tue 15/10/2019

Rob Beckett, St David's Hall, Cardiff review - a mixed bag of observations | reviews, news & interviews

Rob Beckett, St David's Hall, Cardiff review - a mixed bag of observations

Rob Beckett, St David's Hall, Cardiff review - a mixed bag of observations

Scattergun approach yields both killer lines and tame misses

'A hilarious observational comic'

There’s been no avoiding Rob Beckett in recent years. His high beam smile and infectious personality have made him a mainstay of comedy shows. Now he’s back on the road with what he calls the best job in the world, stand up. You can tell he means it, with a show that thrives on enthusiasm if not consistency.

“Wallop” is a show of two halves, quite literally. There’s no tour support, instead favouring a cheap selection of inappropriate songs to introduce two 45-minute sets from Beckett. He uses this time to zip through a mass of topics, including cookware, soft play, family weddings and Kinky Boots.

At his best, Beckett is a hilarious observational comic. His inter-class marriage provides him with a gold mine of material, whether it’s his children’s mixed accents or the different levels of Center Parcs visitors. When it lands, it hits that sweet point between the truth and the unexpected, bringing roars of laughter and nods of recognition. He also nails the self-aware jokes, with his titty-wobble issues and an accent you wouldn't trust in a bank advert.

But not everything lands. The structure is rather slapdash, bouncing between anecdotes and asides, with some material feeling lazy and dated. Repeated mother-in-law jokes and a few punchlines of “pussyyy” in a high voice have the depth and consideration of Wetherspoons banter. Worse still is the misjudged routine on Greta Thunberg, consisting of a screwed-up face and a strained “how dare you”. With no actual gag, the impression just comes across as mocking. Not offensive as such, just poor. Then again, some in the audience found it hilarious; each to their own.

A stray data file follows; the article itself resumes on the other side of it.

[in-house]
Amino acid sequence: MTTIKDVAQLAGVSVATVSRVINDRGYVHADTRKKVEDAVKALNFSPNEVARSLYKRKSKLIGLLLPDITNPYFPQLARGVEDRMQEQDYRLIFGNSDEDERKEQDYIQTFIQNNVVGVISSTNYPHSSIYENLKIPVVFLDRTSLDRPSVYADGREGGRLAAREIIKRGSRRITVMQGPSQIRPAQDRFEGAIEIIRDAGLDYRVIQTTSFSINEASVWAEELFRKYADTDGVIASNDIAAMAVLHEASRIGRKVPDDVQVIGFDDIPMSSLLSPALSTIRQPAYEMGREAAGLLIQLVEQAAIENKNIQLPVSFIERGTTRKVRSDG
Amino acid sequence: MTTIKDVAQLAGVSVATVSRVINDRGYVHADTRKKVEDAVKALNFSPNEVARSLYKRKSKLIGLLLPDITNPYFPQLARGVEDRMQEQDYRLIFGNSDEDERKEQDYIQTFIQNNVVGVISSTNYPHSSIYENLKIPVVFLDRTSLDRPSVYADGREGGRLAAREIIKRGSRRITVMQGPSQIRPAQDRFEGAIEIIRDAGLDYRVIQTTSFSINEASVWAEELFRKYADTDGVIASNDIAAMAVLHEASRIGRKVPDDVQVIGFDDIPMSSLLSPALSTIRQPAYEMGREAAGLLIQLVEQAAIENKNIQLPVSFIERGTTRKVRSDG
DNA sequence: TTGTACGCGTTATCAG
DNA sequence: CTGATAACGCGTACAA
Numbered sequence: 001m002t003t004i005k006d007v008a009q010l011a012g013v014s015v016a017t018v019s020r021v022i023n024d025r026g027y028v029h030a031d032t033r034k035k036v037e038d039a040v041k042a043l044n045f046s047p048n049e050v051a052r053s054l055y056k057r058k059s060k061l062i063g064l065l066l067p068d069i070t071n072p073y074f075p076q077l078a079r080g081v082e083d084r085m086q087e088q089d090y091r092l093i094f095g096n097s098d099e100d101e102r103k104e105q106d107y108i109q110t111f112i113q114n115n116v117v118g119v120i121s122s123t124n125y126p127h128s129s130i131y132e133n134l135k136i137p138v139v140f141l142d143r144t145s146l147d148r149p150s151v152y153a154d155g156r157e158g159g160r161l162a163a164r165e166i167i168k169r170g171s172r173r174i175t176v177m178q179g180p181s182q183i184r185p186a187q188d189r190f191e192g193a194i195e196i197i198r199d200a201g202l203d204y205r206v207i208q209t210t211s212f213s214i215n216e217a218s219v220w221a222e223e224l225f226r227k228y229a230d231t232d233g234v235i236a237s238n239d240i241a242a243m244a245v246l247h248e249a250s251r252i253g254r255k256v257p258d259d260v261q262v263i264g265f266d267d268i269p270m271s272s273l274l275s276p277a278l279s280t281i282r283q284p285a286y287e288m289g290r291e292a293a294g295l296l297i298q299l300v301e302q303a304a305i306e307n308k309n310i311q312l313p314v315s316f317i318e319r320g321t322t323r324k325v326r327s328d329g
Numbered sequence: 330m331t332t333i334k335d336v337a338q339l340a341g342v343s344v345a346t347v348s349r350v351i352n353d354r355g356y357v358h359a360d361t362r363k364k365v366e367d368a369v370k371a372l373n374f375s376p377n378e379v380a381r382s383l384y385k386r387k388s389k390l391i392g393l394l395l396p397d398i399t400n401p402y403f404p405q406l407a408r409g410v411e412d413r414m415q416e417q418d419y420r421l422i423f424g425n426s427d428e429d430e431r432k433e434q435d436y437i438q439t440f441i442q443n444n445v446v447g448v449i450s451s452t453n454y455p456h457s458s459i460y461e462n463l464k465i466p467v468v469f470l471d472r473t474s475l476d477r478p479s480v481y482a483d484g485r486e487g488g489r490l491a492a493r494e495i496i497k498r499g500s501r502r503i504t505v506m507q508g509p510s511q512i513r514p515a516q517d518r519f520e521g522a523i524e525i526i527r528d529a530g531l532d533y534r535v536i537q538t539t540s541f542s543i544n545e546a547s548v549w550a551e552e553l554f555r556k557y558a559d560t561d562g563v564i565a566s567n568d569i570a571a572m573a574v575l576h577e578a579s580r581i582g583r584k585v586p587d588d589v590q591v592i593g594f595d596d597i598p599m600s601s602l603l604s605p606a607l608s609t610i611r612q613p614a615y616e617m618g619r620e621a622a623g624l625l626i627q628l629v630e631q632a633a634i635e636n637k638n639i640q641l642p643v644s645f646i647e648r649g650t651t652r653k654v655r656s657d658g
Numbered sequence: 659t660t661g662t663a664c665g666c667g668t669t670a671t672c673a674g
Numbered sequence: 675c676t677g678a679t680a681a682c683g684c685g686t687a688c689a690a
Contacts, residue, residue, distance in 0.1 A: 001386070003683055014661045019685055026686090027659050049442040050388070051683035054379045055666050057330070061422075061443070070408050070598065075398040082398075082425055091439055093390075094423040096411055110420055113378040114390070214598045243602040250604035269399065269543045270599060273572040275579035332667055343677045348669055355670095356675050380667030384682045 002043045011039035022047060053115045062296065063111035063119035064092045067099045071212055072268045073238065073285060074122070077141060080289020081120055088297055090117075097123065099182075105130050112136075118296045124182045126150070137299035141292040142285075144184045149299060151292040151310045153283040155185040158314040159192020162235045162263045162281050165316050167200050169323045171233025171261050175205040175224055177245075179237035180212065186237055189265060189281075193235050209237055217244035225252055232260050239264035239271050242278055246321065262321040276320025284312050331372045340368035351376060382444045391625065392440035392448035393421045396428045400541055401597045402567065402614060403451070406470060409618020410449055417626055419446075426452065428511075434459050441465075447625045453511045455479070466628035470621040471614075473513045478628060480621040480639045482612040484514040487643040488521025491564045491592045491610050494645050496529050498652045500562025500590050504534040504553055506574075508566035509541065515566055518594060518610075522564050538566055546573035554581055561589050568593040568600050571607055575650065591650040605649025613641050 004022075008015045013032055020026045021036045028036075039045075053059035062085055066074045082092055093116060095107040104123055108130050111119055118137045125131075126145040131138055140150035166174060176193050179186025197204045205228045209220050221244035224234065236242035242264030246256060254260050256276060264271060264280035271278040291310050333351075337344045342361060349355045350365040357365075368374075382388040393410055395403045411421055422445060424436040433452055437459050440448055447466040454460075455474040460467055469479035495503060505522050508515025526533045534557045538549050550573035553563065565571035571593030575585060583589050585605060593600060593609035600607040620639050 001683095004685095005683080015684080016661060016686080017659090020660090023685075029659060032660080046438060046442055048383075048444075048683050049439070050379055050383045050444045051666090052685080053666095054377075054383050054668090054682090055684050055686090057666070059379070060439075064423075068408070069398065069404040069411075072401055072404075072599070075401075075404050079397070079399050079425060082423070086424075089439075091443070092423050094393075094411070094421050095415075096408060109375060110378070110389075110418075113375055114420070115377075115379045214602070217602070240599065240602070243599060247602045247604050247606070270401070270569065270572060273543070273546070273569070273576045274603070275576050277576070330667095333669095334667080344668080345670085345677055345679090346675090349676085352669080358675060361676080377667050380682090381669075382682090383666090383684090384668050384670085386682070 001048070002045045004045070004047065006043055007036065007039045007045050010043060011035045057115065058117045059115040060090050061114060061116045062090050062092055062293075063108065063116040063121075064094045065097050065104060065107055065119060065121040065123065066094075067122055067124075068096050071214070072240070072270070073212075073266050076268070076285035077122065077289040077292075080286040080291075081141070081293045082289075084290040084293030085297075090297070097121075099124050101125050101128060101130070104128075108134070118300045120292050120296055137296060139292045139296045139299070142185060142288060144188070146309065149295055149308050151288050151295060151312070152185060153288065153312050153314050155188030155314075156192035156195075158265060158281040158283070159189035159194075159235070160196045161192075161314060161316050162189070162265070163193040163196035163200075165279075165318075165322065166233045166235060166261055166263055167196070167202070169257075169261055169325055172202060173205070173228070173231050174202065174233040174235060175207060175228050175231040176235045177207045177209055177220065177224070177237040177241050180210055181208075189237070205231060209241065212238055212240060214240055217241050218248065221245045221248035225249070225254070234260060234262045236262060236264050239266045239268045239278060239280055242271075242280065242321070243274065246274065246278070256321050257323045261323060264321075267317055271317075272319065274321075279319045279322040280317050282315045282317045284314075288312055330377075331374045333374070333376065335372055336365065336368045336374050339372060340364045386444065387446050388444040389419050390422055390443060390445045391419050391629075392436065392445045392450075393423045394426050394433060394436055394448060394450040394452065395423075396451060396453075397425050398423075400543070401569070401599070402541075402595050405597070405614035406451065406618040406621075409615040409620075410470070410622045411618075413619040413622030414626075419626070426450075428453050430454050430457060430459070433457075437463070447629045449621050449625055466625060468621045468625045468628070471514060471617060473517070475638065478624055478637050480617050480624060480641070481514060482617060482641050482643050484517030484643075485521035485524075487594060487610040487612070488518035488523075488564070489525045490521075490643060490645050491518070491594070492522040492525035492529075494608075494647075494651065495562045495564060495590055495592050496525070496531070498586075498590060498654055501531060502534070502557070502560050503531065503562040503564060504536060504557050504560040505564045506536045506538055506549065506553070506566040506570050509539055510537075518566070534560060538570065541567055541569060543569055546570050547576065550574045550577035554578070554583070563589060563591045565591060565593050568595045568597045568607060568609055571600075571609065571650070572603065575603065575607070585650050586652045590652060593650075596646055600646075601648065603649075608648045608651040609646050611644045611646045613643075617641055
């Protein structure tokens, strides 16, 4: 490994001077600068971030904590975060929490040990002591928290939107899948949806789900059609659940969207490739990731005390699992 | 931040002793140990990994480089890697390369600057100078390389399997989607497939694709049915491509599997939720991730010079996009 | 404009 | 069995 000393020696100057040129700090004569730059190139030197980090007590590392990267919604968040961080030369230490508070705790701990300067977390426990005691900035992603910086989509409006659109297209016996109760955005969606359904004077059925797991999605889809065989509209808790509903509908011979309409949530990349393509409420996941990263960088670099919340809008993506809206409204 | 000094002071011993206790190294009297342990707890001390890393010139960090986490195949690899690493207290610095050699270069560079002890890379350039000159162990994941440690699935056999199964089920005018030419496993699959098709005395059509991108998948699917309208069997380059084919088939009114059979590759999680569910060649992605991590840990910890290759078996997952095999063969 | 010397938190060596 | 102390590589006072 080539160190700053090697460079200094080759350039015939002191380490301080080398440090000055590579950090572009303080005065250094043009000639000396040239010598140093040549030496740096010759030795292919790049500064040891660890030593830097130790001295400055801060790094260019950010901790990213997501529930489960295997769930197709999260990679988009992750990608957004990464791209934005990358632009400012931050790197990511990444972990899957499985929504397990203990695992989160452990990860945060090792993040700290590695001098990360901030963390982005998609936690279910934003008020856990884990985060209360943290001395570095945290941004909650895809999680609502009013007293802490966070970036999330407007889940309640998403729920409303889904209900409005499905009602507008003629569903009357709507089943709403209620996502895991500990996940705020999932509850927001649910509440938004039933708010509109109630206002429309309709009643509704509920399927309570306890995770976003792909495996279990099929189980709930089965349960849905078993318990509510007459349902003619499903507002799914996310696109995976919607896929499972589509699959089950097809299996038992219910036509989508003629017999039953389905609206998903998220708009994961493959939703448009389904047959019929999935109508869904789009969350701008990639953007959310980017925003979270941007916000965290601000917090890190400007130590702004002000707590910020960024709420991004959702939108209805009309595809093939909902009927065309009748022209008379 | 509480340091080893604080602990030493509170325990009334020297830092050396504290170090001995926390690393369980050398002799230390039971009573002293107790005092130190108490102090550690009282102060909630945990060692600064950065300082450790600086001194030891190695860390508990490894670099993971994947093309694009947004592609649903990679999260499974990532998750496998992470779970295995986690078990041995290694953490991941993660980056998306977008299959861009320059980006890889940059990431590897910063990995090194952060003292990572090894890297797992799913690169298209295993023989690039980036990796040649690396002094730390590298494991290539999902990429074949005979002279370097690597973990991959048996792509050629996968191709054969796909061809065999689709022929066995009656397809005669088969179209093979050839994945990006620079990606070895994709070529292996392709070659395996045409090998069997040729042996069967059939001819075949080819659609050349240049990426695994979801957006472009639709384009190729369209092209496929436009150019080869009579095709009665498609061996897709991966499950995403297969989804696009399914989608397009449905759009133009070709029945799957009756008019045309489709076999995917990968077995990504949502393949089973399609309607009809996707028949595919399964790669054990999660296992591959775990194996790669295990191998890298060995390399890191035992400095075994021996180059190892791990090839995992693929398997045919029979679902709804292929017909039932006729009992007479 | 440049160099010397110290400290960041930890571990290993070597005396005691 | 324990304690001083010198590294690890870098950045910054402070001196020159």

Beckett ends with a hysterical demonstration of his body’s biggest secret. No spoilers, but you’ll certainly keep a close eye on his clothing next time he’s on TV. It’s a great finish to a show that’s probably a strong hour, but a rather flabby 90 minutes. 


Add comment

Subscribe to theartsdesk.com

Thank you for continuing to read our work on theartsdesk.com. For unlimited access to every article in its entirety, including our archive of more than 10,000 pieces, we're asking for £3.95 per month or £30 per year. We feel it's a very good deal, and hope you do too.

To take an annual subscription now simply click here.

And if you're looking for that extra gift for a friend or family member, why not treat them to a theartsdesk.com gift subscription?


Get a weekly digest of our critical highlights in your inbox each Thursday!

Simply enter your email address in the box below

View previous newsletters

Advertising feature


A compulsive, involving, emotionally stirring evening – theatre’s answer to a page-turner.
The Observer, Kate Kellaway


Direct from a sold-out season at Kiln Theatre the five star, hit play, The Son, is now playing at the Duke of York’s Theatre for a strictly limited season.



This final part of Florian Zeller’s trilogy is the most powerful of all.
The Times, Ann Treneman


Written by the internationally acclaimed Florian Zeller (The Father, The Mother), lauded by The Guardian as ‘the most exciting playwright of our time’, The Son is directed by the award-winning Michael Longhurst.


Book by 30 September and get tickets from £15*
with no booking fee.